Food Safety Regulations Aren’t Really About Safety

Founder’s Note: Today we continue with Joel Salatin’s deep dive into the hypocrisy surrounding our nation’s food safety regulations. You don’t have to run a farm to recognize the crazy inconsistencies in how the government treats food versus illicit drugs. Check out Joel’s thoughts below, and send us yours at mailbag@manwardpress.


Most people assume food safety regulations are really about food safety.

It is certainly a reasonable assumption. But in truth, there is much more going on here.

No, it’s not a conspiracy. But it is inconsistency at best… and politics at worst.

Let’s dive in.

Wild deer can have a variant of Creutzfeldt-Jakob disease, a first cousin of bovine spongiform encephalopathy, otherwise known as mad cow. You can go out and shoot a deer on a 70-degree fall day, drag it a mile through the squirrel dung, sticks and rocks, and place it prominently on the hood of your Blazer to parade it through the streets of town in the blazing afternoon sun.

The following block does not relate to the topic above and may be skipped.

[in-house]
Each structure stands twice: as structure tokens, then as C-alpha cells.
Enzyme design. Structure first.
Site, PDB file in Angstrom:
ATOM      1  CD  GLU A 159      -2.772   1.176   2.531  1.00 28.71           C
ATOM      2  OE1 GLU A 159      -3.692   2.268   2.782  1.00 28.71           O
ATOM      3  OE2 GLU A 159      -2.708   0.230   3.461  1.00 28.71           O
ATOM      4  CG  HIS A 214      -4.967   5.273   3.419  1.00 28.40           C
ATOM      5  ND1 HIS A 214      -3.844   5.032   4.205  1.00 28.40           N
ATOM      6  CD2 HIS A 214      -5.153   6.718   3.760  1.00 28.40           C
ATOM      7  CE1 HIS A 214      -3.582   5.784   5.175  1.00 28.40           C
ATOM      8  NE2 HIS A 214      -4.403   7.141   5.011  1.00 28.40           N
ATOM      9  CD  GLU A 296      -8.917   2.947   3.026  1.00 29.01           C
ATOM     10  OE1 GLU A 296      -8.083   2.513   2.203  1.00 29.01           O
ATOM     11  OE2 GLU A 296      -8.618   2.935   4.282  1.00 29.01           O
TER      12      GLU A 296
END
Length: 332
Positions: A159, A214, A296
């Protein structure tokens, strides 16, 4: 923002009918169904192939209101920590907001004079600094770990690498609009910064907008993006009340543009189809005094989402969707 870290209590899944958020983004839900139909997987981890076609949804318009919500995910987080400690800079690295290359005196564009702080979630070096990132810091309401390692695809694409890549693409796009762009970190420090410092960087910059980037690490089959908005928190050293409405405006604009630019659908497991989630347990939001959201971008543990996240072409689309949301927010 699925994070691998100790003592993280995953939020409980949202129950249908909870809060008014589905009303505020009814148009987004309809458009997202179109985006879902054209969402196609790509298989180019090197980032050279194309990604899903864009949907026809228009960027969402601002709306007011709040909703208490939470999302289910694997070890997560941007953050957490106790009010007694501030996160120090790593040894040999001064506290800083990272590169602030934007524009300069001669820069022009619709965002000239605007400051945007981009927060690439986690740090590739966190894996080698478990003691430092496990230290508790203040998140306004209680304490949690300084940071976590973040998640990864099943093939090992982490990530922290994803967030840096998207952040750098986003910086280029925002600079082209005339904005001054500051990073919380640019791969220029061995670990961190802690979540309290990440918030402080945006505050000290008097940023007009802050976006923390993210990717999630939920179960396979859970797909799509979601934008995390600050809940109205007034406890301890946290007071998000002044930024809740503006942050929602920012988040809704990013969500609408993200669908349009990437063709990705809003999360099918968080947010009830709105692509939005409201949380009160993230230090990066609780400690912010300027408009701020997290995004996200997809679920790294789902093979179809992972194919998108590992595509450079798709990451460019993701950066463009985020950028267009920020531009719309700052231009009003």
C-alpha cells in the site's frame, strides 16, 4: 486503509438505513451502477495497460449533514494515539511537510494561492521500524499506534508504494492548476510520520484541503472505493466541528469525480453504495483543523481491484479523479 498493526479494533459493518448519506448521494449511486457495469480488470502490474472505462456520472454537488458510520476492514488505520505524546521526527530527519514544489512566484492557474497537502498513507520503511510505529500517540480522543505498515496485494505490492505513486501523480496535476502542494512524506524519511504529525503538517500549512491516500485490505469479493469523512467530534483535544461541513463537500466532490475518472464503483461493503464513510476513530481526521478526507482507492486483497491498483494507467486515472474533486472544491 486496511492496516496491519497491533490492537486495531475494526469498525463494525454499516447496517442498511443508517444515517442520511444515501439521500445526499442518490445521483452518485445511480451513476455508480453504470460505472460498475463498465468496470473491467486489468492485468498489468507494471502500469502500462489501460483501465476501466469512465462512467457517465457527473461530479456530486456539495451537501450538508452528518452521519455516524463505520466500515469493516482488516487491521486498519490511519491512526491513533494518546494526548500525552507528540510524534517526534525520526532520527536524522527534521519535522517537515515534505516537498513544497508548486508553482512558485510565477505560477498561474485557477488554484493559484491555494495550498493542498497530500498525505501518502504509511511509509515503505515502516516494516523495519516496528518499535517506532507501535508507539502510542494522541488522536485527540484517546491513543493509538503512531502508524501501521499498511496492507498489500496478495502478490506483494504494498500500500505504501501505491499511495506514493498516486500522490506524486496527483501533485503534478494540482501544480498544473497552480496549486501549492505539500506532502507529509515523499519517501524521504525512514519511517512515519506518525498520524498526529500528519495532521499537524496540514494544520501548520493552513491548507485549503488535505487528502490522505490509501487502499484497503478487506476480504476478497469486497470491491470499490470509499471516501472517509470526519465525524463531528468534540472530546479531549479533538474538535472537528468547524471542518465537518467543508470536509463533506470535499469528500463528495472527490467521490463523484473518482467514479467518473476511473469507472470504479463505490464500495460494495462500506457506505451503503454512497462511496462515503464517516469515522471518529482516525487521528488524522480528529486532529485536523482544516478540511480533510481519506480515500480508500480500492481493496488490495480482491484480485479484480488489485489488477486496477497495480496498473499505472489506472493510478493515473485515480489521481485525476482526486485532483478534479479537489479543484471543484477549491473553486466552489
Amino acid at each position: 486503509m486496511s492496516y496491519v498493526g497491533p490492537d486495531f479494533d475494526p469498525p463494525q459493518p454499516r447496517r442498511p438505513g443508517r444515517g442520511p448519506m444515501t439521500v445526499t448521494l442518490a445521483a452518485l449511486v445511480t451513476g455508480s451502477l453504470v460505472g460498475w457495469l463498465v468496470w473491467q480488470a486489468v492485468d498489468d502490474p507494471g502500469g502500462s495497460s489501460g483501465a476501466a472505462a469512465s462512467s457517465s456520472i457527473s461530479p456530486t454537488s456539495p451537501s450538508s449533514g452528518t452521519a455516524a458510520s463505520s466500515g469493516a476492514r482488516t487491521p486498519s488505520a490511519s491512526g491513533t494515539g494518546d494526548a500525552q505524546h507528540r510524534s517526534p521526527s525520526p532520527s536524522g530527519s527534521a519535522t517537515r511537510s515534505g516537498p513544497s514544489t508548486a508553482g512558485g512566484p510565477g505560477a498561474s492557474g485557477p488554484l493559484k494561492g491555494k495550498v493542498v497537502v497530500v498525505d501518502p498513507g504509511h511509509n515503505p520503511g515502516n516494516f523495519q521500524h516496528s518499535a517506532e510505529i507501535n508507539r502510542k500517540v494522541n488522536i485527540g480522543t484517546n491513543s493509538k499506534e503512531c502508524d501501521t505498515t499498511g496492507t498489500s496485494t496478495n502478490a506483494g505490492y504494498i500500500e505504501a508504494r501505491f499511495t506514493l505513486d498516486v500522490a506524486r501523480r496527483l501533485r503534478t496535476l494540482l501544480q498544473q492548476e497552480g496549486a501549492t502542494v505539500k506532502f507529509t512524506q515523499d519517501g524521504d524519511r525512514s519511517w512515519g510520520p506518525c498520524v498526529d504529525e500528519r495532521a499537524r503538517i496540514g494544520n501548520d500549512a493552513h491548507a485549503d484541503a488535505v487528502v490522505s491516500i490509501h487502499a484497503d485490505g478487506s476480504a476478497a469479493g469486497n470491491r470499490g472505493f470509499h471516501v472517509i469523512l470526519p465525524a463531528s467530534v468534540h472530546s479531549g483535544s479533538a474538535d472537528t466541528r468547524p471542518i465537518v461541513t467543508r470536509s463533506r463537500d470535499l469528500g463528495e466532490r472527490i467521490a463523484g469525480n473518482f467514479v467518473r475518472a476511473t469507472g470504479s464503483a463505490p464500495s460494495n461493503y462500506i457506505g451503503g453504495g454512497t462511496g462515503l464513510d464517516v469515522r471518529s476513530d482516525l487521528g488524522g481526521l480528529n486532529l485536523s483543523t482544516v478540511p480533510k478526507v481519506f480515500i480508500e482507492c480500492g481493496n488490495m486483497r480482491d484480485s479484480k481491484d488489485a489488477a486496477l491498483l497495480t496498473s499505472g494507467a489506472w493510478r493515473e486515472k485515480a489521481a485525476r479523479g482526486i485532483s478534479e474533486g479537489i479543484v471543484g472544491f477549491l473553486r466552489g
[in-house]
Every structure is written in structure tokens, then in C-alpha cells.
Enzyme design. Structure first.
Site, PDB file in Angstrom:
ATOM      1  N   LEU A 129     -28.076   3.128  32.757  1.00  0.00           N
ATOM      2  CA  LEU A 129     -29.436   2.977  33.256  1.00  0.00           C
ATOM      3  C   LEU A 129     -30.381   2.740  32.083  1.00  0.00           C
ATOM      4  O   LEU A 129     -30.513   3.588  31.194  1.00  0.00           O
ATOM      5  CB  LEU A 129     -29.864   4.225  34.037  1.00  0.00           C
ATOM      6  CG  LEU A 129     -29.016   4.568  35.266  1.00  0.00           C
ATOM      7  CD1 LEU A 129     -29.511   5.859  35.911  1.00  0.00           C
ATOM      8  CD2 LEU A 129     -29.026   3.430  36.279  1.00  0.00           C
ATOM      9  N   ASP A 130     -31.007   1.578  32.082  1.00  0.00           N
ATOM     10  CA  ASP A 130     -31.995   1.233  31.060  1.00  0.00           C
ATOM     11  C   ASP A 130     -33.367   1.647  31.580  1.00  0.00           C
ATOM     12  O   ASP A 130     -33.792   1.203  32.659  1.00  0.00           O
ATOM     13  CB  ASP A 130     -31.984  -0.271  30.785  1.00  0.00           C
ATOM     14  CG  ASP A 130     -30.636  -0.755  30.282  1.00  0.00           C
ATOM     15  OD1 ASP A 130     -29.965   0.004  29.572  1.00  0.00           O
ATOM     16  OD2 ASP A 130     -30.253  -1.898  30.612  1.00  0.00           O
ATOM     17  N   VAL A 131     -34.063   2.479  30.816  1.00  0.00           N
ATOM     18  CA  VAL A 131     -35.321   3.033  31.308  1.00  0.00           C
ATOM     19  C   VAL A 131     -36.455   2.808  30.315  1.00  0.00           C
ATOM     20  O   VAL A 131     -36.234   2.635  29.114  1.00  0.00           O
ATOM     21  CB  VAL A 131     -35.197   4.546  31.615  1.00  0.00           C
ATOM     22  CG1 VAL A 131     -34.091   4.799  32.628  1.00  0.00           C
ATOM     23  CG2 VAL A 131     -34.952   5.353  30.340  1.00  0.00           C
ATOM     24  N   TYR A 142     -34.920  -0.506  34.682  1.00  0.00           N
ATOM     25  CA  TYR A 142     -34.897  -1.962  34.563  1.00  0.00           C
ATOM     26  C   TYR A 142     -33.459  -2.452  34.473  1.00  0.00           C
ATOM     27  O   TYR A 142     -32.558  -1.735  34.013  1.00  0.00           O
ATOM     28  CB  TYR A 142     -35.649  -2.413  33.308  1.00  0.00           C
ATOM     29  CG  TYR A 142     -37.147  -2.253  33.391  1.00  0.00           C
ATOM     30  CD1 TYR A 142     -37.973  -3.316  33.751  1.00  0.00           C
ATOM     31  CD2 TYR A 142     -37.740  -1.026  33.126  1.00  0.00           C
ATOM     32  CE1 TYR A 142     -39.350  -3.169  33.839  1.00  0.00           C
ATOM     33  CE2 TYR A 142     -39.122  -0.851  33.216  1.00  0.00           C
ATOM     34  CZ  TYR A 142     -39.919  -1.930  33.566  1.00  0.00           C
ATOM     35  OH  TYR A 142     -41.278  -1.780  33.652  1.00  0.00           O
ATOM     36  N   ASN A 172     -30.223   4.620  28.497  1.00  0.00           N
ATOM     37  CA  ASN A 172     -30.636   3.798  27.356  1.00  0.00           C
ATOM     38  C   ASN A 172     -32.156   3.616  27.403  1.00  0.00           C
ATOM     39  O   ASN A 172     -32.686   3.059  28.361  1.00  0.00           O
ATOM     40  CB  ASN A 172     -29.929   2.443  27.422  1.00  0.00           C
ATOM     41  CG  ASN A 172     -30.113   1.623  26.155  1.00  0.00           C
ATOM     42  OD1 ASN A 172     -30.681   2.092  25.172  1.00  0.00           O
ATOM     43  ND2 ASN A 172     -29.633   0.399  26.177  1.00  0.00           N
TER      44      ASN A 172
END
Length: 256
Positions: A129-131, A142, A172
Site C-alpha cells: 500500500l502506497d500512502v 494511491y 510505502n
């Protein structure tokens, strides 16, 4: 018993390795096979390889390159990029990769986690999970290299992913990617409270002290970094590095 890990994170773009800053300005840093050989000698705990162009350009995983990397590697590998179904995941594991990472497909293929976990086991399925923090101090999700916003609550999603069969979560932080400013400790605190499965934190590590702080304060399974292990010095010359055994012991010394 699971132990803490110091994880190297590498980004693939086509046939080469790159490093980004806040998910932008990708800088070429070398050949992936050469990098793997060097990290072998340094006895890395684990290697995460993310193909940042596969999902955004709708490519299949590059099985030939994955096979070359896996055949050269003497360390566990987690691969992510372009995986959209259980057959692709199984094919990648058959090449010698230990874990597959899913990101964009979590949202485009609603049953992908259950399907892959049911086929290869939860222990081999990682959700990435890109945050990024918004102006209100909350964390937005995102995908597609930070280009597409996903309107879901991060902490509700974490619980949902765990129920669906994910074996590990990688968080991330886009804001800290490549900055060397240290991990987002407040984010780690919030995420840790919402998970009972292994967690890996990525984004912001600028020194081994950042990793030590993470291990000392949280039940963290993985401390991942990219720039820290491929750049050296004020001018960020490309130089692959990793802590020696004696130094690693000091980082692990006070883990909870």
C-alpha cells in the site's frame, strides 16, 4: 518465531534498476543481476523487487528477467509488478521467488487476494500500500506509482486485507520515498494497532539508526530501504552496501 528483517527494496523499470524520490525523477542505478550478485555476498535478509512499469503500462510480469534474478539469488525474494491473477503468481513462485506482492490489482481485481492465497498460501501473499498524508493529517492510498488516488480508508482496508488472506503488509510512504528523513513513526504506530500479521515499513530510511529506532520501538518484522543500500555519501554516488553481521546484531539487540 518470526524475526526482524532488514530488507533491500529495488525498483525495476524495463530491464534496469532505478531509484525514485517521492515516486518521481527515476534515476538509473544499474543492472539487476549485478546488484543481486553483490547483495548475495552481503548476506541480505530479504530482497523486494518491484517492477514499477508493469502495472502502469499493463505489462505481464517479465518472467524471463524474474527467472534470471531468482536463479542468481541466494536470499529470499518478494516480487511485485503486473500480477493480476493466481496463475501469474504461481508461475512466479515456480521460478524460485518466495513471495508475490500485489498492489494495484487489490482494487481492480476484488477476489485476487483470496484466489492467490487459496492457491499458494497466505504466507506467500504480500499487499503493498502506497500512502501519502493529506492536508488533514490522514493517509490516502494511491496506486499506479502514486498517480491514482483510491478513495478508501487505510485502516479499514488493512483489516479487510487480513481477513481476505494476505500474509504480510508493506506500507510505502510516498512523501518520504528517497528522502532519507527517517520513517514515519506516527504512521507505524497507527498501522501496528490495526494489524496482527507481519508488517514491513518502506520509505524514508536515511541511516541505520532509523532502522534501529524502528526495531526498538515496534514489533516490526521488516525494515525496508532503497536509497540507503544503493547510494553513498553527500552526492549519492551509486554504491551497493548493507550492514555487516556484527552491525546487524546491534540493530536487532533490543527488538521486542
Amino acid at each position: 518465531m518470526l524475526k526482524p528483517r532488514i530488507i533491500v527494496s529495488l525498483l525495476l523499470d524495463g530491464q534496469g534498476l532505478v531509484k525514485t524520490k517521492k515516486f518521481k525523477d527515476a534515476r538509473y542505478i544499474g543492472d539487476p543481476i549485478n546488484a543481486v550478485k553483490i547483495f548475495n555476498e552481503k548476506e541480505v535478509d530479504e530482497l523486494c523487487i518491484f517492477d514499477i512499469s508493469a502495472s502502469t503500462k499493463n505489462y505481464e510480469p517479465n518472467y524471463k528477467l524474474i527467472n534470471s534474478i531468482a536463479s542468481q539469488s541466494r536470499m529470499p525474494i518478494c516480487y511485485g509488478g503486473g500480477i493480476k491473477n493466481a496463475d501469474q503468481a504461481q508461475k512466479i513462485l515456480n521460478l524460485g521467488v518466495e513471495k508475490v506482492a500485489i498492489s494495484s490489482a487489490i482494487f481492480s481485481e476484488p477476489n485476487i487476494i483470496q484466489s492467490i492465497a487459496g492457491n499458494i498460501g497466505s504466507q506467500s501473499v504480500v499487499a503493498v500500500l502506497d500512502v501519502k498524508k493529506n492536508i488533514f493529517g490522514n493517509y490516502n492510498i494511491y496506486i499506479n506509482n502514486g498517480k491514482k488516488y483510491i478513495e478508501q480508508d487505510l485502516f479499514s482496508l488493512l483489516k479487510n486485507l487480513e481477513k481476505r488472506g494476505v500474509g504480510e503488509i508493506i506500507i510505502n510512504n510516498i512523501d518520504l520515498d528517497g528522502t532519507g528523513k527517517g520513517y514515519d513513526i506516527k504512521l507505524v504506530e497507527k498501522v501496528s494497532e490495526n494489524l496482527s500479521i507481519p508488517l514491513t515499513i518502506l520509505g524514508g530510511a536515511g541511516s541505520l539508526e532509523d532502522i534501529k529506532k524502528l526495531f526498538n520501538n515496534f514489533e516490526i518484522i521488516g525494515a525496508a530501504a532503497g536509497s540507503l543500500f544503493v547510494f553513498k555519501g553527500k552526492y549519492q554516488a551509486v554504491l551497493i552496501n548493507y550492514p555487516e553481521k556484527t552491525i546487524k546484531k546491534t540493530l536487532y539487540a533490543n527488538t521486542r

Nobody checks it for mad deer. Nobody checks it for bacteria, temperature or sanitation.

You can take that deer home, pull it up in a tree in the backyard, let it hang a week under roosting birds and buzzing insects, then cut it up and feed it to your children and all their friends.

All of this is blessed by government agencies. In fact, in most places you can do this multiple times throughout the hunting season, taking several deer with different weapons. You can give the meat away… but you can’t sell it. (We’ll come back to this later.)